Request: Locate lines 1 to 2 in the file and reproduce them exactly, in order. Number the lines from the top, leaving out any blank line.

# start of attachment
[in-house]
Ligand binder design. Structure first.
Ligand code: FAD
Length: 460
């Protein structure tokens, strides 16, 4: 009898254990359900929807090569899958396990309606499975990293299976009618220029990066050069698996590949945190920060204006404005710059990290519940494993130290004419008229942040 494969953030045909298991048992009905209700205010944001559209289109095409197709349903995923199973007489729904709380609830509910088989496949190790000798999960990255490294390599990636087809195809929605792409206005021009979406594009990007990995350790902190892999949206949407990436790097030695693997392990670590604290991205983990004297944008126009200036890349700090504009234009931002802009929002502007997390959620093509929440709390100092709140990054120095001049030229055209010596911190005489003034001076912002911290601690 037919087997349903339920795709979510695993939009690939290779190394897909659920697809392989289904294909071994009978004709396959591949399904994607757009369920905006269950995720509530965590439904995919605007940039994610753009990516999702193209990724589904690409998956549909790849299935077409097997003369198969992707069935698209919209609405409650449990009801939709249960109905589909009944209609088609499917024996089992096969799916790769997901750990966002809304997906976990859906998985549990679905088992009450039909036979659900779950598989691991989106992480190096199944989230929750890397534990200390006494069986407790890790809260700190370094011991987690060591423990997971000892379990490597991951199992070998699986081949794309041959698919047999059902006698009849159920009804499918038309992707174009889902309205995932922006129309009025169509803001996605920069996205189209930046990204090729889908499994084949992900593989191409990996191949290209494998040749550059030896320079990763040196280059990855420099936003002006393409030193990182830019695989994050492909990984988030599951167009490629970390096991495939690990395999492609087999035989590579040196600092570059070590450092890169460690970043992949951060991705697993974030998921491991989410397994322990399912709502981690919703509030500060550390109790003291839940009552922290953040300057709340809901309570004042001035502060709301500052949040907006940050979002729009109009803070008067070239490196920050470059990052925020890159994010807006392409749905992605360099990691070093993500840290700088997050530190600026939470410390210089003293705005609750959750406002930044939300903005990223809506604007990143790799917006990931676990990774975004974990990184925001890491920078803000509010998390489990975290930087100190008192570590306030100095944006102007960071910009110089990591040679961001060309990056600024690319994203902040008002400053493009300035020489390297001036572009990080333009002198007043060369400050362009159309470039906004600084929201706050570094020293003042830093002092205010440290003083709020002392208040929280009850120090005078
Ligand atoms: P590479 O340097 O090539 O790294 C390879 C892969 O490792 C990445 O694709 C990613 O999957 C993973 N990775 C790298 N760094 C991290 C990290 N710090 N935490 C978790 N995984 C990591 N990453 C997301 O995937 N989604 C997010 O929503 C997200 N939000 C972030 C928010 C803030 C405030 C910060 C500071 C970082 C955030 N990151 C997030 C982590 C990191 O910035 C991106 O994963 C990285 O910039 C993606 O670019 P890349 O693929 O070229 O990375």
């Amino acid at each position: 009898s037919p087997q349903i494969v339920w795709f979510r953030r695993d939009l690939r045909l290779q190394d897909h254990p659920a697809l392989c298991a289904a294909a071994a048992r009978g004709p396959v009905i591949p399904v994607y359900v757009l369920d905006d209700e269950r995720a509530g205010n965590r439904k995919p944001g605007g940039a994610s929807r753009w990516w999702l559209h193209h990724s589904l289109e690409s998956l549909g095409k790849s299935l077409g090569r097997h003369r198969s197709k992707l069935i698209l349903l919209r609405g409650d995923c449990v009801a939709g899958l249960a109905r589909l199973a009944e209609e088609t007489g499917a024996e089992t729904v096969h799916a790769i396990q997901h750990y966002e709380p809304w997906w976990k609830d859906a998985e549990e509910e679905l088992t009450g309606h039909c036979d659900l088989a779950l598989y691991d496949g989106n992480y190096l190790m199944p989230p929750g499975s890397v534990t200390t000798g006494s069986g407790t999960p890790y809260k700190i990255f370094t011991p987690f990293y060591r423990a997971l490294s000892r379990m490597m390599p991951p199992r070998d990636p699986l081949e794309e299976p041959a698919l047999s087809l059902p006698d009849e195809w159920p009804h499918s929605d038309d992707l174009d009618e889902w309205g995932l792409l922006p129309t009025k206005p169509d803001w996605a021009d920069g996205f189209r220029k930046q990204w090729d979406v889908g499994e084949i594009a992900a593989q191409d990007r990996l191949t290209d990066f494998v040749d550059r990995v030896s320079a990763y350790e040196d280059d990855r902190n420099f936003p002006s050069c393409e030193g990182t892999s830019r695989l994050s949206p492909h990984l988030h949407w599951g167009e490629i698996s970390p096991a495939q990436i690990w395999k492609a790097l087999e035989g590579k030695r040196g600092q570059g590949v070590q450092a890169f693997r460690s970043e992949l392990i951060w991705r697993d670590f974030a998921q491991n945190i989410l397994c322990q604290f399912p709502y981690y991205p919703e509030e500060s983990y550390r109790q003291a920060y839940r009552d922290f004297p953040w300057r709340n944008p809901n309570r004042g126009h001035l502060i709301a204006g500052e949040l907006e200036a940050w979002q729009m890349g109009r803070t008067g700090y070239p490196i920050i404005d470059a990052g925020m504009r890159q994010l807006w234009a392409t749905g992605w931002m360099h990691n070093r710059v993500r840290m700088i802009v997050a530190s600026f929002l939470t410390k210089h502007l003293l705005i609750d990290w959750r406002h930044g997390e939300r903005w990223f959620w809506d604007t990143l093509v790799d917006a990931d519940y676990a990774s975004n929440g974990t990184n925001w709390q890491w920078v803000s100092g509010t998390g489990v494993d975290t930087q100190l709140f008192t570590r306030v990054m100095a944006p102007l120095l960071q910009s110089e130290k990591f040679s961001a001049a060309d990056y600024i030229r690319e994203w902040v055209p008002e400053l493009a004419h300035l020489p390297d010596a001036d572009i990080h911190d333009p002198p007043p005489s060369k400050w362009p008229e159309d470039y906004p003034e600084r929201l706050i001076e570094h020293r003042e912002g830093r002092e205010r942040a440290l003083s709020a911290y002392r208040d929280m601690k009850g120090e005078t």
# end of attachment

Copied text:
[in-house]
Ligand binder design. Structure first.